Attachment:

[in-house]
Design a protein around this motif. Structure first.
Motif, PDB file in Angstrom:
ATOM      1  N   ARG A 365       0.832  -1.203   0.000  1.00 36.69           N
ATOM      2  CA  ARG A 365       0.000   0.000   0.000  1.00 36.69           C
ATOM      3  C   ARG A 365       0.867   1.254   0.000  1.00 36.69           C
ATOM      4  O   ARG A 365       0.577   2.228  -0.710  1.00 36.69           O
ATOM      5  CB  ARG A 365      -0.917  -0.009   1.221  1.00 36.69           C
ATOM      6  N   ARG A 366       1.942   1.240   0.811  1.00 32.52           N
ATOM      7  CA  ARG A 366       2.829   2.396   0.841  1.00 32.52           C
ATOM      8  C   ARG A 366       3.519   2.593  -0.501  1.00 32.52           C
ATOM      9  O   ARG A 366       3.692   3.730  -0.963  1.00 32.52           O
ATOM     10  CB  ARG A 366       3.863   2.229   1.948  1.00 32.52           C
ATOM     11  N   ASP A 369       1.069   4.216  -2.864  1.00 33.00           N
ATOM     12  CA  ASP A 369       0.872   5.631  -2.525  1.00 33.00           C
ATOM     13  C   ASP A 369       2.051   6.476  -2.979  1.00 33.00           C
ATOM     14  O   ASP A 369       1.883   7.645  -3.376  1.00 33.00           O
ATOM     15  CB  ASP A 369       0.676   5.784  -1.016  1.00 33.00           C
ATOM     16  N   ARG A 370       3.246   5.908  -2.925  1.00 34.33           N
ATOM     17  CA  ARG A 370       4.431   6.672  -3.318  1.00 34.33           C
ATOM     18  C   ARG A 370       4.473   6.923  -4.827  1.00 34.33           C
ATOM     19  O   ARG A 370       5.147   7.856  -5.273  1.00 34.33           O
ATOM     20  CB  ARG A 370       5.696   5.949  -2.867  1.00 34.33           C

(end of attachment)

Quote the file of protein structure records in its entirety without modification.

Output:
[in-house]
Design a protein around this motif. Structure first.
Motif, PDB file in Angstrom:
ATOM      1  N   ARG A 365       0.832  -1.203   0.000  1.00 36.69           N
ATOM      2  CA  ARG A 365       0.000   0.000   0.000  1.00 36.69           C
ATOM      3  C   ARG A 365       0.867   1.254   0.000  1.00 36.69           C
ATOM      4  O   ARG A 365       0.577   2.228  -0.710  1.00 36.69           O
ATOM      5  CB  ARG A 365      -0.917  -0.009   1.221  1.00 36.69           C
ATOM      6  N   ARG A 366       1.942   1.240   0.811  1.00 32.52           N
ATOM      7  CA  ARG A 366       2.829   2.396   0.841  1.00 32.52           C
ATOM      8  C   ARG A 366       3.519   2.593  -0.501  1.00 32.52           C
ATOM      9  O   ARG A 366       3.692   3.730  -0.963  1.00 32.52           O
ATOM     10  CB  ARG A 366       3.863   2.229   1.948  1.00 32.52           C
ATOM     11  N   ASP A 369       1.069   4.216  -2.864  1.00 33.00           N
ATOM     12  CA  ASP A 369       0.872   5.631  -2.525  1.00 33.00           C
ATOM     13  C   ASP A 369       2.051   6.476  -2.979  1.00 33.00           C
ATOM     14  O   ASP A 369       1.883   7.645  -3.376  1.00 33.00           O
ATOM     15  CB  ASP A 369       0.676   5.784  -1.016  1.00 33.00           C
ATOM     16  N   ARG A 370       3.246   5.908  -2.925  1.00 34.33           N
ATOM     17  CA  ARG A 370       4.431   6.672  -3.318  1.00 34.33           C
ATOM     18  C   ARG A 370       4.473   6.923  -4.827  1.00 34.33           C
ATOM     19  O   ARG A 370       5.147   7.856  -5.273  1.00 34.33           O
ATOM     20  CB  ARG A 370       5.696   5.949  -2.867  1.00 34.33           C